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Analysis by Mike Hudson

The non-union Orchard Park contractor that won a $775,000 contract from the New York Power Authority for asbestos abatement at the Niagara Power Project seriously underbid the work and may become the target of an investigation by the U.S. Department of Labor for violation of the laws concerning prevailing wages, the Reporter has learned.

Numerous calls by both this newspaper and local union officials to NYPA Chairman Michael Townsend and CEO Richie Kessel to apprise them of the situation and seek comment went unreturned last week.

Epic Contractors of Orchard Park beat out 47 other firms to win the contract, which was awarded by the NYPA in October. Epic submitted the lowest bid of any contractor qualified to do the work.

According to NYPA's website, the contract would provide for long-term asbestos abatement services for the Niagara Power Project buildings that have been found to contain a significant amount of asbestos piping and ductwork insulation, which has deteriorated over time, representing a liability, and the project would abate remaining asbestos to eliminate the potential for further damage and to eliminate restrictive conditions associated with working on and around asbestos-containing material.

In addition, several areas to be abated are coated with paint containing high levels of heavy metals and PCBs, which need to be removed and disposed of at an approved site. Contract services were to have included all labor, supervision, materials and equipment, insurance, permits, all other forms of governmental approval, and any other services necessary to perform all operations required for the abatement and remediation of areas known to contain asbestos-containing materials, as well as reinsulation and painting.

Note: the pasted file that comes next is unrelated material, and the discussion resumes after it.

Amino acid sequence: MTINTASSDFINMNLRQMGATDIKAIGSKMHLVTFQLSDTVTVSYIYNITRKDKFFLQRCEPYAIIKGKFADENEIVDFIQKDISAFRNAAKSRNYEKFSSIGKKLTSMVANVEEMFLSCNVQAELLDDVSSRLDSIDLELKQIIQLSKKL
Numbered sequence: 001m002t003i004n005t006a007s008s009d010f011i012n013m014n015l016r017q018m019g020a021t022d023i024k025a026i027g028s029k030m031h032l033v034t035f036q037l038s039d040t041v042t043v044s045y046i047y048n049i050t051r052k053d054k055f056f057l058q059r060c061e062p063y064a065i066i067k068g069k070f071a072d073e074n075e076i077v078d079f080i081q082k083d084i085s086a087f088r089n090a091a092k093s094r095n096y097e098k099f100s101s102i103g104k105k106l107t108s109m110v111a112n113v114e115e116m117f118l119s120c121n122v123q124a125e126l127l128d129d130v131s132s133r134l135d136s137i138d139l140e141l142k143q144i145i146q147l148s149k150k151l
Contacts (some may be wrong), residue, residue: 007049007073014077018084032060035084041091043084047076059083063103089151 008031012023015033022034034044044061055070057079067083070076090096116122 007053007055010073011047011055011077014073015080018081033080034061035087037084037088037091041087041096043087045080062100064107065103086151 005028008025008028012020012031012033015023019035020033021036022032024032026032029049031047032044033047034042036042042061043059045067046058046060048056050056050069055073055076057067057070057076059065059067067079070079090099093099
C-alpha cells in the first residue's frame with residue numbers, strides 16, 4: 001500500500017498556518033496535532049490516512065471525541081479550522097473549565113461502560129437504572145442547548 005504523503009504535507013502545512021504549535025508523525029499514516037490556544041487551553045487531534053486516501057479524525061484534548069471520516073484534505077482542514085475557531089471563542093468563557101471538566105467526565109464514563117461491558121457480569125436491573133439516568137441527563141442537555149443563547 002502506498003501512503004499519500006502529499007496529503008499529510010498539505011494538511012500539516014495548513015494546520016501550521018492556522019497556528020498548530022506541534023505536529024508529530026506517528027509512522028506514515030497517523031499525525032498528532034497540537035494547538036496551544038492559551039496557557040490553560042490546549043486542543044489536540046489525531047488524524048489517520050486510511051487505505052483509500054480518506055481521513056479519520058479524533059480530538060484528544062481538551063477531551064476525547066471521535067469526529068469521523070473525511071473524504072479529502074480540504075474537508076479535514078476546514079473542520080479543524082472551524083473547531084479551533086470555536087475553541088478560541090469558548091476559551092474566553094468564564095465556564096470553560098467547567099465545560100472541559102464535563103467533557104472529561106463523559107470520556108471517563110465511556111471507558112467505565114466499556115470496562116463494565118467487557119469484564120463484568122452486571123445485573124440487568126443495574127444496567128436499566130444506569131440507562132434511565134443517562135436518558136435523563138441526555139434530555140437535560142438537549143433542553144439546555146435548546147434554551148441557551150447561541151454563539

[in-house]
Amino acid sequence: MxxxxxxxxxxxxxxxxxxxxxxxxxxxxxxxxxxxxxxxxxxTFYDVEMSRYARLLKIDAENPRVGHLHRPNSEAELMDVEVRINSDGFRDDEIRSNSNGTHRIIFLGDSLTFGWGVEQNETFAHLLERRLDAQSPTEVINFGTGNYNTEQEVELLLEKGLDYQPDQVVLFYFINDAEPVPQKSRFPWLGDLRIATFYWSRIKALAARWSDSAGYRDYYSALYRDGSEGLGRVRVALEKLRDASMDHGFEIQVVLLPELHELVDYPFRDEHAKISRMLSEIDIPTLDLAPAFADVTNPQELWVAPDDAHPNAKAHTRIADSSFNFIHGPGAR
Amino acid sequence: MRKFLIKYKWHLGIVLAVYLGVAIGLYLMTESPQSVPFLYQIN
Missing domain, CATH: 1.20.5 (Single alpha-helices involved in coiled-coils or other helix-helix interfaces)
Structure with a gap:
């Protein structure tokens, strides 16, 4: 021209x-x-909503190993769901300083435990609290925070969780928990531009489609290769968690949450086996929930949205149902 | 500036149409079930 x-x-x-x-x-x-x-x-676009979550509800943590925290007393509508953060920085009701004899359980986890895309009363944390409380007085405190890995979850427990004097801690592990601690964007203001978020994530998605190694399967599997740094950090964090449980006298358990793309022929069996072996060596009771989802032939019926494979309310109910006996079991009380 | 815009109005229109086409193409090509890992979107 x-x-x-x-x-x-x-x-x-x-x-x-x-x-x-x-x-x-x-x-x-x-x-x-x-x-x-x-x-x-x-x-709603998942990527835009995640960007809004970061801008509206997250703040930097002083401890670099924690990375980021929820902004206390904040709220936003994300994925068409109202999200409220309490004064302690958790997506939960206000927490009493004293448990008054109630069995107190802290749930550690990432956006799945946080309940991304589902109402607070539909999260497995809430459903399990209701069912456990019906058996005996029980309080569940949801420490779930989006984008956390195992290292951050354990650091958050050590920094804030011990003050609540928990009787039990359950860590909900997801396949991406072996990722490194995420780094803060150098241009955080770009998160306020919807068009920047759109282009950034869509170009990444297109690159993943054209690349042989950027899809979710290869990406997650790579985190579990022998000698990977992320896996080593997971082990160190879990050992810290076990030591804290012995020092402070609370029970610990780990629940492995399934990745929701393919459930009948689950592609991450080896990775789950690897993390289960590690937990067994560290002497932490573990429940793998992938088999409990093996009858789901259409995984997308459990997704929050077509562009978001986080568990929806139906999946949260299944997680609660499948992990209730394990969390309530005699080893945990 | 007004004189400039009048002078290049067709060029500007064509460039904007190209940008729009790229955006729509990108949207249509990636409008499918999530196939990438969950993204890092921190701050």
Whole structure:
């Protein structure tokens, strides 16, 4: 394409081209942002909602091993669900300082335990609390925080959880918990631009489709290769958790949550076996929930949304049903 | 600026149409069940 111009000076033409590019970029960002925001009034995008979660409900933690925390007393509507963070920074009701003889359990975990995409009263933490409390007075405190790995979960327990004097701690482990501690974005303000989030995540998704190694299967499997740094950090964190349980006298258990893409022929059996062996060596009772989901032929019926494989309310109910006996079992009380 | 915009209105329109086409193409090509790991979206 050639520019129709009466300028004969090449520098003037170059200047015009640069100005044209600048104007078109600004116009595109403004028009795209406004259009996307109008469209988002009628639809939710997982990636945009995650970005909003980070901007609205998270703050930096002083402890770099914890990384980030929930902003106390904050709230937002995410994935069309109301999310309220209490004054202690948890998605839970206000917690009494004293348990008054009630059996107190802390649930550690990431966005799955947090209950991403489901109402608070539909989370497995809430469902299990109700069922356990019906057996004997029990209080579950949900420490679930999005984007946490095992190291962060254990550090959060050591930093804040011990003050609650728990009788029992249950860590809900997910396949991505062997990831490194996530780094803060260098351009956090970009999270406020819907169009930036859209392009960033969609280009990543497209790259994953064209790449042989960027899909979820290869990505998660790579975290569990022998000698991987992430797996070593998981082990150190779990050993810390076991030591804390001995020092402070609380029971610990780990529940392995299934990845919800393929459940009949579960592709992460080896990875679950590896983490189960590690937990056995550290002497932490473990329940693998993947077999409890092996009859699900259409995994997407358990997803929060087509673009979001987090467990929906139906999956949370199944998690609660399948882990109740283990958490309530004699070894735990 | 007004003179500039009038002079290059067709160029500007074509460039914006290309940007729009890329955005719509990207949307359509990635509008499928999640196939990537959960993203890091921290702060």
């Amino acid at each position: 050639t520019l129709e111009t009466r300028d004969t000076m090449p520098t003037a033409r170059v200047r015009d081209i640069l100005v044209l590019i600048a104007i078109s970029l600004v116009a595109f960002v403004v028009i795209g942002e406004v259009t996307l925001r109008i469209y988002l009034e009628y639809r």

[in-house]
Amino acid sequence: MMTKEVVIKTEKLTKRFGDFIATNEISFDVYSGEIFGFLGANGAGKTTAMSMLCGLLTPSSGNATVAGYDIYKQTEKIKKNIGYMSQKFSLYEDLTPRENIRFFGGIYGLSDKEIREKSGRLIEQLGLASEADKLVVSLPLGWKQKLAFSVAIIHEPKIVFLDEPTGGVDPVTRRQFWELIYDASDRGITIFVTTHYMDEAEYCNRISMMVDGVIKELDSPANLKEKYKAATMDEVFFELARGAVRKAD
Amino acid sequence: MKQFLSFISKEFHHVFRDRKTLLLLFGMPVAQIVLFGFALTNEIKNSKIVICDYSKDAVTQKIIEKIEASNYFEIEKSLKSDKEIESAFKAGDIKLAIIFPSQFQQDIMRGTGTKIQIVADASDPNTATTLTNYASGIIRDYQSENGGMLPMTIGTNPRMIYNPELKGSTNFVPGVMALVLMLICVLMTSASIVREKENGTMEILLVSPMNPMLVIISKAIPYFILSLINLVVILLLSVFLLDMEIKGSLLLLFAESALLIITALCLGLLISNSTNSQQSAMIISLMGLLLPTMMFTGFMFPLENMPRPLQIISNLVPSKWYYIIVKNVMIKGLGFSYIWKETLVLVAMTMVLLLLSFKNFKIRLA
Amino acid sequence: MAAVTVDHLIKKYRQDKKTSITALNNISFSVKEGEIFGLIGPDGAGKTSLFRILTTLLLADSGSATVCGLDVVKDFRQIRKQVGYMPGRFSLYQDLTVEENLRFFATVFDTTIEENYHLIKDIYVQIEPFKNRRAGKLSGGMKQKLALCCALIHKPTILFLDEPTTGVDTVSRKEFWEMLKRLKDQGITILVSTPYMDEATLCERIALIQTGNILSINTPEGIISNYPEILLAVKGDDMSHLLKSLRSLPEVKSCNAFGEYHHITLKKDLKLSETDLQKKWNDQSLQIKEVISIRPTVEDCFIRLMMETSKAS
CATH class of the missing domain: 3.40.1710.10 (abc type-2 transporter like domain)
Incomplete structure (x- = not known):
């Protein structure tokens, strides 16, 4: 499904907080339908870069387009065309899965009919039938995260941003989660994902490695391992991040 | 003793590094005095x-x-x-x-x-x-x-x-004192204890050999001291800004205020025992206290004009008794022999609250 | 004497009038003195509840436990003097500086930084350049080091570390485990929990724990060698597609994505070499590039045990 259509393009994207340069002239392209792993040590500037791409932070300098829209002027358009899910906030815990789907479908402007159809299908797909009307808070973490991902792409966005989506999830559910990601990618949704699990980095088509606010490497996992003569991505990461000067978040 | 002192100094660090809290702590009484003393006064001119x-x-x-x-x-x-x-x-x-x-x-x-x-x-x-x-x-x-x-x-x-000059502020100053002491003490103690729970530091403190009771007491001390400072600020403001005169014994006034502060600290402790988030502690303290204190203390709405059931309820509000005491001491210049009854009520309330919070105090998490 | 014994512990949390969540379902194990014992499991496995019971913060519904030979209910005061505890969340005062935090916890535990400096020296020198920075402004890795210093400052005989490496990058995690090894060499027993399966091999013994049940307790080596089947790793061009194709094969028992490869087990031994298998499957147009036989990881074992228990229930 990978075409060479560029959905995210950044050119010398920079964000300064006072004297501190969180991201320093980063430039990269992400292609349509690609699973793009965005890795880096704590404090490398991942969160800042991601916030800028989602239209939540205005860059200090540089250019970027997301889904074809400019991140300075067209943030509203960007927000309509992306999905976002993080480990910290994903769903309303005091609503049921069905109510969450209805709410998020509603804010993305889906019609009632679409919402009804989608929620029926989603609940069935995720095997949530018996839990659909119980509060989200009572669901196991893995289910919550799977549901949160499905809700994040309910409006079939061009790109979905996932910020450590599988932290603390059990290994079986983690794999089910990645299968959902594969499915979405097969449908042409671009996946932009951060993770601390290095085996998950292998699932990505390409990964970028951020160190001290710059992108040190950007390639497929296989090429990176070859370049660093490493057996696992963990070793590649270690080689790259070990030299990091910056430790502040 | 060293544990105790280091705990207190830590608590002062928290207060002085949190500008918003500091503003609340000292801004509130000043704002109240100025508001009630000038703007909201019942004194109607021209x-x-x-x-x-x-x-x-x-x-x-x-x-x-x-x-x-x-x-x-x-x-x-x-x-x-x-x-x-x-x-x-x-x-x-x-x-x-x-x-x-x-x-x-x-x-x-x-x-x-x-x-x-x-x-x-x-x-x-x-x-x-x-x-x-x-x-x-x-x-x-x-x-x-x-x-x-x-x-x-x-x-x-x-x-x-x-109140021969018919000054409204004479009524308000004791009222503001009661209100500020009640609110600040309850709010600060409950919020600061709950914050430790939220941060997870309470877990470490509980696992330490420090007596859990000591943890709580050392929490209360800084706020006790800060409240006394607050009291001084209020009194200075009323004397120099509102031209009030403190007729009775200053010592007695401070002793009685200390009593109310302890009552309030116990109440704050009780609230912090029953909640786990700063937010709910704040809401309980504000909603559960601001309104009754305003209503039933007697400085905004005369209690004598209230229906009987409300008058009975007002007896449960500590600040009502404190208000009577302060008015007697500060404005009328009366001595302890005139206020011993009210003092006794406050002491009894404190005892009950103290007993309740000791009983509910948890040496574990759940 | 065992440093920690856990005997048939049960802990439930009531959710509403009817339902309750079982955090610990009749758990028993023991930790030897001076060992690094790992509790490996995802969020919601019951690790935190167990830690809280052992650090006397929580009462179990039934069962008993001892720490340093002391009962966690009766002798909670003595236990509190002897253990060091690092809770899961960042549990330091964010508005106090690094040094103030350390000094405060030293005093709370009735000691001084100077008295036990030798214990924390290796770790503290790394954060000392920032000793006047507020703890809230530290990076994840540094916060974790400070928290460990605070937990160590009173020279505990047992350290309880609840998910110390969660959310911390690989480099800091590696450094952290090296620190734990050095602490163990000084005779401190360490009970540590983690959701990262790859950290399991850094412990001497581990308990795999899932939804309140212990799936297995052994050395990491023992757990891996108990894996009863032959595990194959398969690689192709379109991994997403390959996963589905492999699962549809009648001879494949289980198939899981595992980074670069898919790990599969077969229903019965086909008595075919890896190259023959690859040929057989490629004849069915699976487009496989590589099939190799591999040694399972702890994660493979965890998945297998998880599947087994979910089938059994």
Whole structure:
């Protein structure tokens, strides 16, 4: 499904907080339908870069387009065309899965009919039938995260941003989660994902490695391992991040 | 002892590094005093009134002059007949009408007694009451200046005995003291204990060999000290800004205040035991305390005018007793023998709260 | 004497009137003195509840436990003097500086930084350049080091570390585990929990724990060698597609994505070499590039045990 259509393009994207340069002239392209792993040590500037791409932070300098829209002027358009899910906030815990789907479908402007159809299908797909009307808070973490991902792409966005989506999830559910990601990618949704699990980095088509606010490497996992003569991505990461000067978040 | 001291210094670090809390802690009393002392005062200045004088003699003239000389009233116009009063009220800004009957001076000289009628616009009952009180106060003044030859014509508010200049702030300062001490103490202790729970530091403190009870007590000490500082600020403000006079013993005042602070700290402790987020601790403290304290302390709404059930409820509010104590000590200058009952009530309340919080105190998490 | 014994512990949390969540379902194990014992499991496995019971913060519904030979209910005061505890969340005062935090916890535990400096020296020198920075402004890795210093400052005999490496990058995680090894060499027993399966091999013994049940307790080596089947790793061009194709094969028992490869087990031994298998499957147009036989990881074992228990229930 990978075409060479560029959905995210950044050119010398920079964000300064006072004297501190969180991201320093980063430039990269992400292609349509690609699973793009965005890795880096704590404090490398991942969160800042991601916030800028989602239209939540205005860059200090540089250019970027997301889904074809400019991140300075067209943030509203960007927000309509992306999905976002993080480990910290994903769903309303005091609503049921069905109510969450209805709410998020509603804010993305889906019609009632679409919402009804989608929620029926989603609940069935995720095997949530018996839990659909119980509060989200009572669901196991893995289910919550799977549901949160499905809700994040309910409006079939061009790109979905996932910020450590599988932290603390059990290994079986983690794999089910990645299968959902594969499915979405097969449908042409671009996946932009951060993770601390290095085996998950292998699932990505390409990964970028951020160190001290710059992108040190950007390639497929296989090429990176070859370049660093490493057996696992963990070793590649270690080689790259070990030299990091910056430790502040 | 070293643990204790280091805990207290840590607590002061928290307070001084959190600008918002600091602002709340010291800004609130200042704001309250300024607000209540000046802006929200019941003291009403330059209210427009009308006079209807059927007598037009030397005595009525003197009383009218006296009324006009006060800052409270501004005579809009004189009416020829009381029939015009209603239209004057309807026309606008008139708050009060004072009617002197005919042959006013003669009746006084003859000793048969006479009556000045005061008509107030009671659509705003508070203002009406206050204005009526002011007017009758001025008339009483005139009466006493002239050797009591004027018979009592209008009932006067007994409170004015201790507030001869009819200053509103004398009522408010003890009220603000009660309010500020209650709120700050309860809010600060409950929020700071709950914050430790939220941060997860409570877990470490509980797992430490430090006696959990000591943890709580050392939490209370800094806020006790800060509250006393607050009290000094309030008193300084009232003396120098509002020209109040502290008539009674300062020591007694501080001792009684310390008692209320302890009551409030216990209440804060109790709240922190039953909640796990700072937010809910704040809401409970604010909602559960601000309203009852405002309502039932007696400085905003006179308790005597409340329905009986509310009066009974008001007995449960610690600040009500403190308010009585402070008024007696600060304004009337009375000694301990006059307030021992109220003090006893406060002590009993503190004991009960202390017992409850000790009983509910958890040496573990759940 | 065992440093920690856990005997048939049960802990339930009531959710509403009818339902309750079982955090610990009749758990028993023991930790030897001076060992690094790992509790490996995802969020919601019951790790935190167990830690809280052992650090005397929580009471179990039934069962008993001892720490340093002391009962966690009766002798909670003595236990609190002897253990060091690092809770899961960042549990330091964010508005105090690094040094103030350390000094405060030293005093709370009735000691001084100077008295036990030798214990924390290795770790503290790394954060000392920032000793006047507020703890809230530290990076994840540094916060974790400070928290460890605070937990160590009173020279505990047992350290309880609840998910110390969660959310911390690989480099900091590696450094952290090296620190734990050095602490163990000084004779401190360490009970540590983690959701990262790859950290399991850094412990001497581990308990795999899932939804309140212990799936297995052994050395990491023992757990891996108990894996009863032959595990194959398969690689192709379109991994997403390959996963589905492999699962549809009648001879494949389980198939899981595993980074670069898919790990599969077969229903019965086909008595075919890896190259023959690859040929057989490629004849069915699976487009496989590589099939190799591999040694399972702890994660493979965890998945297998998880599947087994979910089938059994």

Dick Palladino, business manager for Laborers Local 91 here, said he was approached by John McCune, a project manager for Epic, who said he would like to hire one Laborer out of the union hall to assist two of his employees on the work. Palladino told McCune that would be fine, but reminded him that, because it was a government contract, the prevailing wage and benefits package would be in effect for all workers, union or not.

Palladino then went on to explain that current union contracts contain what are known as "weighted benefits," meaning that in addition to workers receiving time and a half for overtime and double time on Sundays in their paychecks, the benefits package goes up by the same amount.

"It was obvious that he hadn't known that, he didn't have a clue," said Bill Grace, Local 91's representative on the Laborers District Council, who sat in on the meeting with Palladino and McCune. "He said, 'What do you mean?'"

Palladino said that, once he'd made it clear to McCune, Epic was no longer interested in using any union workers.

"Clearly, they made a mistake in their bid amount," Palladino said. "I told them that we'd have no other legal recourse than picketing the job site."

But there was a problem. Both the executive offices of the Power Project and Niagara University use the same driveway.

"We've always had a super relationship with the university, it was Christmas, and besides that, the school was hosting the World Junior Hockey Championship, with people coming in from all over the world."

Palladino made the call not to picket the job site.

"I just couldn't bring myself to do it," he said.

What he can and will do is to pull Epic's payroll records in order to prove that the prevailing wage as stipulated in the Laborers contract isn't being paid to the non-union employees performing the work for NYPA.

Violation of the prevailing wage statutes is considered a serious offense, and one that carries substantial penalties. The contractor's contract may be suspended or canceled, back wages must be paid, and suspension of future government contracts for a period of up to three years may be imposed. For a company like Epic, such sanctions would be disastrous.

Falsification of payroll records, or demanding kickbacks from workers, is subject to criminal prosecution that can result in significant fines and even imprisonment.

"We're going to pursue every legal option we have on this," Palladino said.

Niagara Falls Reporter www.niagarafallsreporter.com Jan. 11, 2011